Canada is home to many fascinating animal species. The Royal Canadian Mint offers opportunities to learn more about these creatures through commemorative coins. In 2023, it is releasing a gold coin featuring the marten, or pine marten, an adorable animal that has a significant role to play in its ecosystem and figures prominently in the economic history of Canada. These pure gold coins each weigh one-twentieth of an ounce, are 14 mm in diameter and have a face value of $10.
An Introduction to the Marten
The marten could be mistaken for a housecat as the two creatures are about the same size. A closer look at the marten reveals that it has shorter legs and an even more slender body. Martens belong to the family Mustelidae, meaning that they are more closely related to skunks, wolverines, and weasels than to cats.
Altogether, there are eight species of martens worldwide. There is only one North American species, known alternatively as the pine marten and the American marten. There is a subspecies of American marten that only lives in Newfoundland and Labrador, appropriately named the Newfoundland marten.
The American marten lives in boreal forests across Canada. Its range extends into Alaska and some mountainous regions of the 48 contiguous United States. An omnivorous creature, it feeds on fruit and animal flesh, including carrion. By cleaning up the carcasses of dead animals, the pine marten helps to clean up the environment and prevent the spread of disease.
The marten has a soft, silky coat and was hunted for fur until the 19th century. Vintage garments made from marten pelts were referred to as Canadian sable as a marketing strategy to make them sound more elegant and luxurious. Though some species of martens are endangered, the American marten presents little concern, and its status is considered secure.
The Reverse of the Coin
The gold coins’ reverse image was designed by Pierre Girard, a Canadian wildlife artist. It depicts a young marten perched on a tree branch, looking out at the viewer with its tail curled underneath it. Young martens stay with their mothers until they are four months old. At that time, they are ready to leave the den and venture into the forest to fend for themselves, but before that, they are entirely dependent on their mothers.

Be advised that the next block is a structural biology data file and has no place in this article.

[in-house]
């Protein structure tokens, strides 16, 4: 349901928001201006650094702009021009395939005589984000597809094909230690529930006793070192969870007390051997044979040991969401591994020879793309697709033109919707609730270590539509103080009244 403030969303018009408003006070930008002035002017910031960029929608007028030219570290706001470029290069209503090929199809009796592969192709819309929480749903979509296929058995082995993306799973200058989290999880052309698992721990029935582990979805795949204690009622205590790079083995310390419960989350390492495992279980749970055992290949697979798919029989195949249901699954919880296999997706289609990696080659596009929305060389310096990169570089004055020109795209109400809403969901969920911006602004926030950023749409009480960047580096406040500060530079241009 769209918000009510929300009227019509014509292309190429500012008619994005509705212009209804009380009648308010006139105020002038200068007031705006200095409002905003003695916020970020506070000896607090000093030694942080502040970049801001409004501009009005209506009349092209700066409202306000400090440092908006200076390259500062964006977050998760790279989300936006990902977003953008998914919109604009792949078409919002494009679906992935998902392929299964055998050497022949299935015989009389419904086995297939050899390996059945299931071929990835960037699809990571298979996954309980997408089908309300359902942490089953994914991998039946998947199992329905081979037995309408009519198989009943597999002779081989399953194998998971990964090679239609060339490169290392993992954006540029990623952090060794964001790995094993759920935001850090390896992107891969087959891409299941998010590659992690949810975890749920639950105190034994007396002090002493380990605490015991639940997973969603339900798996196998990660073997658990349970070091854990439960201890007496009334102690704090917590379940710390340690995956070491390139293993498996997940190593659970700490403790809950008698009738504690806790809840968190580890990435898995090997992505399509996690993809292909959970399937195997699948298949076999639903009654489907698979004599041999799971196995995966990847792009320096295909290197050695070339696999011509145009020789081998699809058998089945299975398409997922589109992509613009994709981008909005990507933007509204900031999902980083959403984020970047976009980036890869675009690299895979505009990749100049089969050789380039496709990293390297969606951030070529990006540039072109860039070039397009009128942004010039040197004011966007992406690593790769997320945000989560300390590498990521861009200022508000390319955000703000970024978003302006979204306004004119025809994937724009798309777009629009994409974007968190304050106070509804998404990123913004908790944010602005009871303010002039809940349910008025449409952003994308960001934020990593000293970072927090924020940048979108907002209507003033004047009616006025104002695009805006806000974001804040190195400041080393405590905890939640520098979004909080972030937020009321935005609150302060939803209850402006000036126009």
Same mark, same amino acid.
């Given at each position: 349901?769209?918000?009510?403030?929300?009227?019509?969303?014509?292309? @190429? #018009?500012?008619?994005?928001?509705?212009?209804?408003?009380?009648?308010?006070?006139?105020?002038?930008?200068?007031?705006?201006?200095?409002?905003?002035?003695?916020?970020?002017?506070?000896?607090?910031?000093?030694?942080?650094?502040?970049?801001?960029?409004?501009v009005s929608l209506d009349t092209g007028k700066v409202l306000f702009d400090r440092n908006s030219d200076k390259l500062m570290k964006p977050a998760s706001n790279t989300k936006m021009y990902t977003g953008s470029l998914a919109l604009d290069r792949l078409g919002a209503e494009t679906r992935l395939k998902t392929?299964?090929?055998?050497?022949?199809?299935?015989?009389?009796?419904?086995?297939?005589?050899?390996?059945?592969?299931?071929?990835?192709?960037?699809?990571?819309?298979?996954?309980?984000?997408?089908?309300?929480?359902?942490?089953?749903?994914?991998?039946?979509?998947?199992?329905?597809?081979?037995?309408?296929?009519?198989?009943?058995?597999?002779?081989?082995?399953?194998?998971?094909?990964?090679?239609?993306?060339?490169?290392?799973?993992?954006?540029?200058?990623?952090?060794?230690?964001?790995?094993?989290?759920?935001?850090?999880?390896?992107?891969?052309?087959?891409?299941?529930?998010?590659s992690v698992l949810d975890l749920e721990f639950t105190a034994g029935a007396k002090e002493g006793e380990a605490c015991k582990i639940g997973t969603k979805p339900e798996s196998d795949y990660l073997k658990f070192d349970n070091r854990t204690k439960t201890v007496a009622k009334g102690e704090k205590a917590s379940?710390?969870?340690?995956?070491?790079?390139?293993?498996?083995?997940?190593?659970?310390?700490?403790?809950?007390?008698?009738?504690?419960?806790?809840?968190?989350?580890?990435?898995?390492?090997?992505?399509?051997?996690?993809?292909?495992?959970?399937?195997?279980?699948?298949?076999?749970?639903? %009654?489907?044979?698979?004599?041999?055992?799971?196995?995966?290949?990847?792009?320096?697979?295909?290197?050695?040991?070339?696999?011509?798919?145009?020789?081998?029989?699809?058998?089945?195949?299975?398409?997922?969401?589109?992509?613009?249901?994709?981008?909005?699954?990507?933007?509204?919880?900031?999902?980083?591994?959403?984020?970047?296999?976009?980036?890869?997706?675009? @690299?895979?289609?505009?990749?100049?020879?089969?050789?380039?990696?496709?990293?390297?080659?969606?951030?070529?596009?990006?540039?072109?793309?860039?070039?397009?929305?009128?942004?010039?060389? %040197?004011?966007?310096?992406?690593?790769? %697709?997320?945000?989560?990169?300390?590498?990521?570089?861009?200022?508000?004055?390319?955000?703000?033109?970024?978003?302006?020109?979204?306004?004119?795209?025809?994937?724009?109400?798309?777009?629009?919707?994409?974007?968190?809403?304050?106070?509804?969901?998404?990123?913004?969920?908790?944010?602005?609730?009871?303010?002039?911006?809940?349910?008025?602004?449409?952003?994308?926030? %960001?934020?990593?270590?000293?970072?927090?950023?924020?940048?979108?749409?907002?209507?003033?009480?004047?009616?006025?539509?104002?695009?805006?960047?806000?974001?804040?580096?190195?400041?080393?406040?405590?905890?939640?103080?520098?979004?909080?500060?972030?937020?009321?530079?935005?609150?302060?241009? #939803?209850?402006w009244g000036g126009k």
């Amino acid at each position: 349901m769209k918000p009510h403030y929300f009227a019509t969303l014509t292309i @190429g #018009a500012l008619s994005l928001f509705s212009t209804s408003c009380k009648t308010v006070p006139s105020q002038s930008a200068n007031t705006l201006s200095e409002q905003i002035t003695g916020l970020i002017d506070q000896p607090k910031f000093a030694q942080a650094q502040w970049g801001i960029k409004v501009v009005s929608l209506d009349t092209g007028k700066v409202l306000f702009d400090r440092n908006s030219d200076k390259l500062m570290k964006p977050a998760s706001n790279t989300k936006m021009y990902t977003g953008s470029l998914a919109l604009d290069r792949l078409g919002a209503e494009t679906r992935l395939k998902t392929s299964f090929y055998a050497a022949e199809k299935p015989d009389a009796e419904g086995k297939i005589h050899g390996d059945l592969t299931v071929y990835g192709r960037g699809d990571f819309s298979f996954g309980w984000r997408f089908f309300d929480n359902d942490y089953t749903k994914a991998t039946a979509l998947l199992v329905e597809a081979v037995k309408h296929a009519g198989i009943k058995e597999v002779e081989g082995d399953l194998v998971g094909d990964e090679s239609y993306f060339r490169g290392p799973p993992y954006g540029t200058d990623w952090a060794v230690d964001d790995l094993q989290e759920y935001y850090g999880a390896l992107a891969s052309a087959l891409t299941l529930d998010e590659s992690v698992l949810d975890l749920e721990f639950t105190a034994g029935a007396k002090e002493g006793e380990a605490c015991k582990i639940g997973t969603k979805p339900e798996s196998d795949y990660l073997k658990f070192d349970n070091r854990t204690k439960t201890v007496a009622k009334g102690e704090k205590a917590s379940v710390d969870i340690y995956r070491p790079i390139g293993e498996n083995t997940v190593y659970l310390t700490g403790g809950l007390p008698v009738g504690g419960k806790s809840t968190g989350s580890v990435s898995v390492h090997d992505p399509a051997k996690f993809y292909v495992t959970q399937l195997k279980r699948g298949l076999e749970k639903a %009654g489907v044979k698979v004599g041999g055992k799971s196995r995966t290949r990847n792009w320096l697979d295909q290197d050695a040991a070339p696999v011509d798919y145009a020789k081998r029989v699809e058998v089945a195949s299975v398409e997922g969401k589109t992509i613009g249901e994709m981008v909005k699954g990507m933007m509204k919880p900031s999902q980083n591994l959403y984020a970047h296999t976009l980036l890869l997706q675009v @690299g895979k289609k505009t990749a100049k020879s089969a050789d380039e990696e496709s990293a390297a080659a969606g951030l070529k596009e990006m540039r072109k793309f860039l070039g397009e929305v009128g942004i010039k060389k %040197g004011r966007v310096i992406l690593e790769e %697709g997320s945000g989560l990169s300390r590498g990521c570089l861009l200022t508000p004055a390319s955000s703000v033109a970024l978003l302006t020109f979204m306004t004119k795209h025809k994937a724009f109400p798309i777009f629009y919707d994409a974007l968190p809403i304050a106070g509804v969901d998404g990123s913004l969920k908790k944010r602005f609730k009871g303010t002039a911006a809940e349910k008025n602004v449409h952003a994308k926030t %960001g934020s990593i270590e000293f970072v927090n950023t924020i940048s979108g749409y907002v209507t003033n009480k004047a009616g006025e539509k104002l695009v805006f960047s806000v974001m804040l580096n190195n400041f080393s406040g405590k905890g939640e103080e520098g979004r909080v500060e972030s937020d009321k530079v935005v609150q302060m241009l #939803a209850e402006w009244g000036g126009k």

This young marten was probably born in a den on a log, a stump, or a cavity in the top of a living tree. Its mother probably relocated it to a different den at least once, around the time it was seven to 13 weeks old. When the baby marten was born, it would have weighed only about 30 grams. It was probably part of a litter consisting of two to four babies. It would have been born around March or April, meaning that it must be around August or September now that it is leaving the nest. Once it leaves the den, it will lead a solitary life until it is mature enough to mate. If it is a male, it will not participate in the care of its offspring.
The Obverse of the Coin
The obverse of the coin features the portrait of Queen Elizabeth II by Susanna Blunt, the fourth and final such portrait to appear on Canadian coinage. In memory of the Queen and honour of her record-setting reign, the obverse image also includes the dates of her rule, from 1952 to 2022, an unforgettable 70 years. Separating the dates are four tiny markings. These “pearls” represent each of the four portraits, also known as effigies, of the Queen that have appeared on Canadian coins since she first took the throne in 1952.